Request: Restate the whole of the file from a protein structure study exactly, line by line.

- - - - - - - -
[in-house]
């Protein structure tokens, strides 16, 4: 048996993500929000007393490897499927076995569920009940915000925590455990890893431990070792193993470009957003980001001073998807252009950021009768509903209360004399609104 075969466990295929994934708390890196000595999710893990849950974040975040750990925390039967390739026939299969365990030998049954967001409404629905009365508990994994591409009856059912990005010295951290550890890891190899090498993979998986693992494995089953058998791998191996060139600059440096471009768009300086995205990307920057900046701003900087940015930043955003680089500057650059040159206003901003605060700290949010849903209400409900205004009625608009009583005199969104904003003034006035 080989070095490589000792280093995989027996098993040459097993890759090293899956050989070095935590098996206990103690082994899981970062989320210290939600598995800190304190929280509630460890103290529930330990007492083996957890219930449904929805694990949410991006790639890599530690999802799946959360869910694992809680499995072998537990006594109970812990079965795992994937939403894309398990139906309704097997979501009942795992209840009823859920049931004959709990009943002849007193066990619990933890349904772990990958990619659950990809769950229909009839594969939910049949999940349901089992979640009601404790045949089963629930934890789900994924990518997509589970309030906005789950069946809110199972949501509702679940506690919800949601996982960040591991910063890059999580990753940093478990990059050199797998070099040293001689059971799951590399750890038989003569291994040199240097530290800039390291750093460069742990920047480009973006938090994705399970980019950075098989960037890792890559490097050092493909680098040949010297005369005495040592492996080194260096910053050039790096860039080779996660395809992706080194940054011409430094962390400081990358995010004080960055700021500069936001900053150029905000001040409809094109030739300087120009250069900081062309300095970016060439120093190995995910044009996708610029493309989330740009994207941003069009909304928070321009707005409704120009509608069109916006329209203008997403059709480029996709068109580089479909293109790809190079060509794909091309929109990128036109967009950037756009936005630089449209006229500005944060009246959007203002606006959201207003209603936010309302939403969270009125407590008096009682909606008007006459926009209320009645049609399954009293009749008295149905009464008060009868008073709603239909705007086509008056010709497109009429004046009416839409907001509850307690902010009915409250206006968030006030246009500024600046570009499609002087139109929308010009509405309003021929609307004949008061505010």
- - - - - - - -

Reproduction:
[in-house]
């Protein structure tokens, strides 16, 4: 048996993500929000007393490897499927076995569920009940915000925590455990890893431990070792193993470009957003980001001073998807252009950021009768509903209360004399609104 075969466990295929994934708390890196000595999710893990849950974040975040750990925390039967390739026939299969365990030998049954967001409404629905009365508990994994591409009856059912990005010295951290550890890891190899090498993979998986693992494995089953058998791998191996060139600059440096471009768009300086995205990307920057900046701003900087940015930043955003680089500057650059040159206003901003605060700290949010849903209400409900205004009625608009009583005199969104904003003034006035 080989070095490589000792280093995989027996098993040459097993890759090293899956050989070095935590098996206990103690082994899981970062989320210290939600598995800190304190929280509630460890103290529930330990007492083996957890219930449904929805694990949410991006790639890599530690999802799946959360869910694992809680499995072998537990006594109970812990079965795992994937939403894309398990139906309704097997979501009942795992209840009823859920049931004959709990009943002849007193066990619990933890349904772990990958990619659950990809769950229909009839594969939910049949999940349901089992979640009601404790045949089963629930934890789900994924990518997509589970309030906005789950069946809110199972949501509702679940506690919800949601996982960040591991910063890059999580990753940093478990990059050199797998070099040293001689059971799951590399750890038989003569291994040199240097530290800039390291750093460069742990920047480009973006938090994705399970980019950075098989960037890792890559490097050092493909680098040949010297005369005495040592492996080194260096910053050039790096860039080779996660395809992706080194940054011409430094962390400081990358995010004080960055700021500069936001900053150029905000001040409809094109030739300087120009250069900081062309300095970016060439120093190995995910044009996708610029493309989330740009994207941003069009909304928070321009707005409704120009509608069109916006329209203008997403059709480029996709068109580089479909293109790809190079060509794909091309929109990128036109967009950037756009936005630089449209006229500005944060009246959007203002606006959201207003209603936010309302939403969270009125407590008096009682909606008007006459926009209320009645049609399954009293009749008295149905009464008060009868008073709603239909705007086509008056010709497109009429004046009416839409907001509850307690902010009915409250206006968030006030246009500024600046570009499609002087139109929308010009509405309003021929609307004949008061505010």